Back in 2019, two Lincoln University scientists published an academic paper about a new method to treat dairy farm effluent.
ROSS GIBLIN/STUFF Farmers are expected to cut their methane emissions by 10% by 2030. A new invention will help.

In the article, Keith Cameron​ and Hong Di​ showed that adding iron sulphate​ to the water used to clean dairy sheds had many beneficial effects.

After treatment, E coli​ levels were about 90% lower. Phosphorus (in various forms) was also reduced by about 90%. Later developments showed that methane produced by effluent ponds was also greatly reduced.

The research had already caught the attention of Ravensdown,​ the fertiliser co-operative,​ which helped fund it. The scientific community took notice as well. Di and Cameron were awarded the Royal Society’s 2021 Pickering Medal for “innovative technological work with significant benefits or commercial success”.

So when offered the chance to see the technology in action, I was keen.

This was especially the case because the pilot farm is between Lincoln and Te Waihora-Lake Ellesmere​ in Canterbury, one of the most intensively farmed catchments in the country.

Te Waihora’s water quality is considered “supertrophic”​ – that is, saturated in phosphorus and nitrogen, according to Land, Air, Water Aotearoa​ (Lawa).​ It’s the worst rating possible.

It’s also a culturally sensitive area due to the mahinga kai​ values of the lake and waterways.

If any farming region needs improvements, it’s this one – a point conceded by farmer Tony Dodunski.

He’s 35 and wants to be in the “innovative space”. Dairy farmers get “hammered” on social media, and he worries about losing the social licence to operate.

“You can’t just work, you need a purpose,” he says.

Ravensdown’s Carl Ahlfeld at the EcoPond pilot site in Canterbury. Behind him is the effluent pond and the gear that mixes in the iron sulphate.
WILL HARVIE/STUFF Ravensdown’s Carl Ahlfeld at the EcoPond pilot site in Canterbury. Behind him is the effluent pond and the gear that mixes in the iron sulphate.

He manages 650 dairy cows on 190 hectares and supplies Fonterra. After the milking is done, the shed is washed down and the water, faeces, urine, spilt milk and detergents are collected.

This fluid is “gold” because it can be sprayed on his paddocks as a cheap, recycled fertiliser, he says.

On Dodunski’s farm, the fluid is usually piped to an effluent storage pond nearby.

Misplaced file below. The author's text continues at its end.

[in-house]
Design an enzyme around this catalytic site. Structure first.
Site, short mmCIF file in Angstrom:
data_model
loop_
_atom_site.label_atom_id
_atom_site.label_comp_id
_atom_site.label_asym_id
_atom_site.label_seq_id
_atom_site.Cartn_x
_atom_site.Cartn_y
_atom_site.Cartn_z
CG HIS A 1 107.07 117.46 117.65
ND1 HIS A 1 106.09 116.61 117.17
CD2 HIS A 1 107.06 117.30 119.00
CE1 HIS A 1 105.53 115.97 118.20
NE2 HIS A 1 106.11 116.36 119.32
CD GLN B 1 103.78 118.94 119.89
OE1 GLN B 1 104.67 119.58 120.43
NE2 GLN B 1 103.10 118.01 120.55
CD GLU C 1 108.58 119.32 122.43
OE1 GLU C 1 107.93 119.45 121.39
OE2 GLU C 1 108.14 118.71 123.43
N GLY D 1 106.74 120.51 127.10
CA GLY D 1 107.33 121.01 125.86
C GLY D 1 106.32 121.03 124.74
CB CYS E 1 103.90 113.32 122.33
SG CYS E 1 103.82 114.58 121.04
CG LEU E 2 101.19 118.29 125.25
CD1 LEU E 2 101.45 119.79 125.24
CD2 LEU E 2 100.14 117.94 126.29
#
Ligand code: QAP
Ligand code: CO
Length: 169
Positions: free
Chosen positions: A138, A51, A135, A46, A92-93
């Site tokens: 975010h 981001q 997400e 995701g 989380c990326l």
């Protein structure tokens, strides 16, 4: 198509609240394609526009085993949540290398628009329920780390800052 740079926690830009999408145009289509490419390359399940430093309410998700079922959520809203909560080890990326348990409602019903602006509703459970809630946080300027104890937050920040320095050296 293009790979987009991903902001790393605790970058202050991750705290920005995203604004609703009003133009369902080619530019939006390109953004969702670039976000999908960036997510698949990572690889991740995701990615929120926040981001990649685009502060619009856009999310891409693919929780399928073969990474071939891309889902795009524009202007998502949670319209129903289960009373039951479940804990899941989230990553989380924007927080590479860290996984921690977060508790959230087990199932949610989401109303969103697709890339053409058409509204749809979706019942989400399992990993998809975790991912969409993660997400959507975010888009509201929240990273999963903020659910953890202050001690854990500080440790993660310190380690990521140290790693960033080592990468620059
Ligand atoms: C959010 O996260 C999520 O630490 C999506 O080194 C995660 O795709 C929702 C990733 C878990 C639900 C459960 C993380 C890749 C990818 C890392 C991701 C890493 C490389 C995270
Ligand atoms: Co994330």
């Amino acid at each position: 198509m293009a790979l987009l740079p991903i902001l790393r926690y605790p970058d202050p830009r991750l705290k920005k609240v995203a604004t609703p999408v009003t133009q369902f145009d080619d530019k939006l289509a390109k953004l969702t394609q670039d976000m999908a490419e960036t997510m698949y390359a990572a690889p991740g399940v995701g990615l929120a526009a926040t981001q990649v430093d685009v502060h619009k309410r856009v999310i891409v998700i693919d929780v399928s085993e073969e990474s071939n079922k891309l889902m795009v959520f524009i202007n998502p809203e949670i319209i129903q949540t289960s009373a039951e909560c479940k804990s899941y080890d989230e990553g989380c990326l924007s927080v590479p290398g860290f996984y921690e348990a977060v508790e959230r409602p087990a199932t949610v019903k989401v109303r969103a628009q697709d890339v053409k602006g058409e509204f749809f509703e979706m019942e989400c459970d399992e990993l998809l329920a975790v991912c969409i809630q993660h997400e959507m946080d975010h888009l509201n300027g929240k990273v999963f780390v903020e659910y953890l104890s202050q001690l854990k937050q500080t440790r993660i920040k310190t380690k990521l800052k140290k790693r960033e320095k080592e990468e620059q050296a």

This is where the iron sulphate – also used to treat human drinking water – is added by a system commercialised by Ravensdown. Called EcoPond,​ it’s automated and continually monitors the pond. The “clarified” water is later delivered to fields.

While developing this system, Cameron​ and Di stumbled across a methane reduction of greater than 90%. “This was a stunning result,” Di says. “In science, it’s rare to achieve such a large influence in an experiment.” Later improvements boosted that to 99%.

On dairy farms, most methane comes from burping cows. Effluent ponds are the second-largest contributor.

Methane is an important greenhouse gas and farmers are expected to cut their biogenic methane emissions by 10% by 2030.

On an average farm, EcoPond reduces total methane production by about 5%, half of the goal in one step, says Carl Ahlfeld,​ the EcoPond product manager for Ravensdown.

The farming sector has many problems. Nitrate levels are way too high (Dodunski says nitrates aren’t a problem on his farm); Ravensdown gets grief for importing phosphates from Western Sahara; Greenpeace demands New Zealand “halve the industrial dairy herd by phasing out synthetic nitrogen fertiliser and imported feed”.

EcoPond is one of the sector’s answers: Evidence-led incremental change.

Will it be enough? I don’t know.

Look also

High protein DDG from corn ethanol refining is a quality protein source, but not ideally matched to NZ dairy cows’ already high protein diet, says animal nutritionist Dr Lucy Waldron.

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